J Med Cases
Journal of Medical Cases, ISSN 1923-4155 print, 1923-4163 online, Open Access
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Case Report

Volume 4, Number 9, September 2013, pages 581-583

Successful Treatment of Chronic Constipation With Functional Electrical Stimulation of the Abdominal Muscles: A Case Report

Christine Singletona, Abdel Magid Bakheitb

aClinical Lead for FES Service & Clinical Specialist-Physiotherapy, West Midlands Rehabilitation Centre, 91 Oak Tree Lane, Birmingham B29 6JA, UK
bNeurological Rehabilitation, Moseley Hall Hospital, Birmingham B13 8JL, UK
cCorresponding author: Abdel Magid O. Bakheit, Neurological Rehabilitation, Moseley Hall Hospital, Birmingham B13 8JL, UK

Manuscript accepted for publication July 5, 2013
Short title: Electrical Stimulation of Abdominal Muscles
doi: https://doi.org/10.4021/jmc1381w


Intractable chronic constipation is common in patients with multiple sclerosis and often reduces the quality of life. The drug management of this symptom is usually only partially effective and may cause adverse effects. We report here the successful treatment of severe chronic constipation with functional electrical stimulation in a patient with multiple sclerosis.

Keywords: Electrical stimulation; Constipation; Multiple sclerosis


Chronic constipation resistant to medical treatment is common in patients with multiple sclerosis (MS). In a study of 280 unselected patients with MS 43% of them were found to have severe constipation and the prevalence of this symptom was not influenced by disease severity or the presence of spinal pathology [1].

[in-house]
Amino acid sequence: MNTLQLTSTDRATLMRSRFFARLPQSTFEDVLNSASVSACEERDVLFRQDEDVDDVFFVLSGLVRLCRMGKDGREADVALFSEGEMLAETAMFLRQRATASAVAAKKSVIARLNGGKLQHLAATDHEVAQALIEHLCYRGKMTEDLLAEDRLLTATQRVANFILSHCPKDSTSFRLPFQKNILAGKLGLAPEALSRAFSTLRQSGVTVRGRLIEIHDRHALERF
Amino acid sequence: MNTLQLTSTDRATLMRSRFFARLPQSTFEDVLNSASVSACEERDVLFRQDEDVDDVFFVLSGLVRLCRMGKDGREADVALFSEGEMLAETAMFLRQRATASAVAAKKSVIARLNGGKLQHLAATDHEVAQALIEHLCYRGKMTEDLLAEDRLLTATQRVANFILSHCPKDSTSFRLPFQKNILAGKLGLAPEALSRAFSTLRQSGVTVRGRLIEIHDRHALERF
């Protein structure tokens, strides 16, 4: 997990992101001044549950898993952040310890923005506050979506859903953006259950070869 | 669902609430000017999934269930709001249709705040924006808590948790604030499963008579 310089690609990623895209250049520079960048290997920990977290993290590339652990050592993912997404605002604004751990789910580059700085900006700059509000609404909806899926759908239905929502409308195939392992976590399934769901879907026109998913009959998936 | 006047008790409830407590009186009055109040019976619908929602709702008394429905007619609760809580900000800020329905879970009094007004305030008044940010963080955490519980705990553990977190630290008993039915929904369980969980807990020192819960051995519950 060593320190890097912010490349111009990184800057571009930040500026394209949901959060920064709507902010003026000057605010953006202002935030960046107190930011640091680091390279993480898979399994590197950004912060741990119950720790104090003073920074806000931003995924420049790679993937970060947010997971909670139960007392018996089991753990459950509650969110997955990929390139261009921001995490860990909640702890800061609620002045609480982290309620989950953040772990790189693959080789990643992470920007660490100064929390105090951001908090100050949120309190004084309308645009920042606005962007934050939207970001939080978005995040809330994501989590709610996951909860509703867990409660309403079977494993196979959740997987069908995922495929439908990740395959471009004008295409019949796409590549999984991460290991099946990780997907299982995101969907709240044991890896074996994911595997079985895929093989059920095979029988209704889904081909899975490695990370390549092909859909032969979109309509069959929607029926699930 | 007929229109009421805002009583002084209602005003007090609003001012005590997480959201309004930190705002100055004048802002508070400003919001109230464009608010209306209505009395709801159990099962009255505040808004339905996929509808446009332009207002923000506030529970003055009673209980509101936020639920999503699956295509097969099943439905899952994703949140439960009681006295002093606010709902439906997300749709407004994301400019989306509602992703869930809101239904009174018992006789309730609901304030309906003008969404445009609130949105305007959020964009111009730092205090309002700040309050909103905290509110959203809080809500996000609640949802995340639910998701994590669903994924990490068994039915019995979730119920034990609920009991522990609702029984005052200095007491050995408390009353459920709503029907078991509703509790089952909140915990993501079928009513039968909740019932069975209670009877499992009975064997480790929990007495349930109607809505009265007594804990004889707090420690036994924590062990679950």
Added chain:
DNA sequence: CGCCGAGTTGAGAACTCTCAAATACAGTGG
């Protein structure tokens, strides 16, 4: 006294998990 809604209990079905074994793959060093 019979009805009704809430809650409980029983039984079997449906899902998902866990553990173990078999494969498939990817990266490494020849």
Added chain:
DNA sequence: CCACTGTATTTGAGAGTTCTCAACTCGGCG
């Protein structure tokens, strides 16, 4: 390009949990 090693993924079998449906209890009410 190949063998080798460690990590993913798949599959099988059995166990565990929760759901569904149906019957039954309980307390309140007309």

Severe intractable constipation is often associated with increased morbidity, especially in patients with MS. For example, Dasgupta et al [2] have found that MS patients were 3 to 4 times more likely to be admitted to hospital with faecal impaction and megacolon than patients with other neurological conditions. Furthermore, severe constipation also has a significant impact on the individual’s quality of life and social participation. In a recent survey [3] 47% of MS patients reported that they were forced to make life style changes and 15% had to give up paid employment because of the impact of constipation on their normal activities of daily living. Bowel dysfunction may also affect patients’ sex life and intimate relationships.

The traditional management of severe constipation with dietary modification, oral laxatives, suppositories, enemas, digital anal stimulation and manual evacuation are usually only partially effective. Severe cases may require surgical treatment, such as subtotal colectomy and ileorectal anatomisis. In recent years sacral nerve stimulation has been shown to reduce constipation in patients with diminished rectal sensation, slow colonic transit time and reduced urge to defecate [4-7]. However, the implantation of the stimulator is an invasive surgical procedure that is associated with potentially serious complications such as infection, cerebrospinal fluid collection around the receiver and receiver failure [8].